The result? 100% damage to the toilets occurred during shipping! A toilet is heavy, and breakable, and the one area that Mendel had not given enough consideration to was the delivery process. He knew the online platform was a terrific idea-it eliminated personal show room visits and haggling over price and significantly reduced the time needed for personal interaction. But he needed to find a way to get the toilets to the purchasers in one piece. After working with a packaging expert to ensure a safe delivery, the business really took off. Mendel continued to investigate the online retail world, reaching out to Home Depot, Lowes, Build.com and others. Soon Swiss Madison literally could not keep up with demand.

Expanding the vision

It had always been Mendel’s intent to launch a company that would have a high cap ceiling, opening limitless possibilities for future growth. So it was no surprise to him when Swiss Madison took off. As a result, within just three and a half years, he began expanding the line to include more products, filling out the bathroom sector and enabling ‘one stop shop’ by including sinks, tubs, faucets, and vanities.

The challenges of a pandemic

As a young entrepreneur, Mendel had many lessons to learn. First he needed to find a niche product where he could dream big; then he needed to understand supply chain management; thirdly he was tasked with finding packaging that would enable shipping a heavy fragile item without it breaking, and lastly, most of all, he needed to learn how to operate as a successful business man and a leader. With more than 50 employees, a growing list of wholesalers and retailers, and a more inclusive product line, he had more than enough to handle – without the additional challenges of Covid-19.

But the good news for the company is that it was founded on a virtual platform. Starting a company in a digital market provided many benefits for Mendel and at the same time helped avoid the profound obstacles that brick and mortar companies were struggling with. Deemed an ‘essential’ business, Swiss Madison has continued to be competitive throughout the coronavirus crisis, and even with the staff working remotely from home, productivity remains high.

Social responsibility: Improving the lives of people and planet Earth

The relationship that Mendel and Sam shared continued to complement the company and speed its success.  The two brothers each brought a unique dynamic to the company, while also agreeing on the core values of the business.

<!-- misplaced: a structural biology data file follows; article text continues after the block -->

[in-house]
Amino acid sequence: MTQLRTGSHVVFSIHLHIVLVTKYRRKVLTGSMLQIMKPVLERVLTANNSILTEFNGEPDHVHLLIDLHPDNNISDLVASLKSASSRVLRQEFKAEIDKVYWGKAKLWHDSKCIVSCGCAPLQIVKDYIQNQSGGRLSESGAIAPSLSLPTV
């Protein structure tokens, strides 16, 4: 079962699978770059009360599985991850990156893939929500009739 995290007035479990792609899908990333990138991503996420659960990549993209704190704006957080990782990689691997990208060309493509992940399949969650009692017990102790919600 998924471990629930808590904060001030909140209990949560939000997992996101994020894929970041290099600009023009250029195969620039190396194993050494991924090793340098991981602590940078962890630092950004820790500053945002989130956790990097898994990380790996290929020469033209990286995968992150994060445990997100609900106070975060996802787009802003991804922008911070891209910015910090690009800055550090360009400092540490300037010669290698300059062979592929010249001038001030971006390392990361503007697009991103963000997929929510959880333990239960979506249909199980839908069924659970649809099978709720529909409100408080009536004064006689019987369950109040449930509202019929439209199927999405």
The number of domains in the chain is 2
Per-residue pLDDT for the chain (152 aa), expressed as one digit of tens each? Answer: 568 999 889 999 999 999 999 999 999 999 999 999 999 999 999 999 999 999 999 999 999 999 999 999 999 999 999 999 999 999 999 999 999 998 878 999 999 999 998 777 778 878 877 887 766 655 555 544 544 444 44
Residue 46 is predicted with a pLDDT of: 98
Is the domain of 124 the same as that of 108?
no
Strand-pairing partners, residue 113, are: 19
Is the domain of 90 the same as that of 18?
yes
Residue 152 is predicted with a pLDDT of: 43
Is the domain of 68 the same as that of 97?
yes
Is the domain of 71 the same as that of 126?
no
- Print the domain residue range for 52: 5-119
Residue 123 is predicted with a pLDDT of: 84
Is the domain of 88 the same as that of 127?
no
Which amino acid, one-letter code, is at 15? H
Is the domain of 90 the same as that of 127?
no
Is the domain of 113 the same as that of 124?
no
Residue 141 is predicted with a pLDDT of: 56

The Greisman brothers have a passion for creating quality products and, as critically, for creating products that make the world a better place. That means that in addition to putting a focus on reasonable pricing and sleek, beautifully designed bathroom fixtures, they also have a strong commitment to building products that are good for the environment.

Working with their in-house engineering team Sam and Mendel are extremely proud of their newest addition.

In January 2021 they will be introducing a toilet that uses only .08 of a gallon to flush. In other words, it will use exactly half the amount of water that is the industry standard today (at 1.6 of a gallon) but at the same time will provide a flush that is twice as effective.  This is a formula that cannot be beat: half the water, but twice the power. By cutting the level of water usage in half, it is anticipated that they will save approximately one billion gallons per year.  At a time when scarcity of water is a top priority, this is a huge step forward not only for Swiss Madison, but for the world.              

With sales increasing, and their goal of making a positive impact on the planet being realized, it is no wonder that Swiss Madison was recently honored to be listed as #13 on the prestigious NJBIZ list of fastest growing companies in 2020. 

Congratulations to Mendel and Sam – two entrepreneurs who are making a difference for all.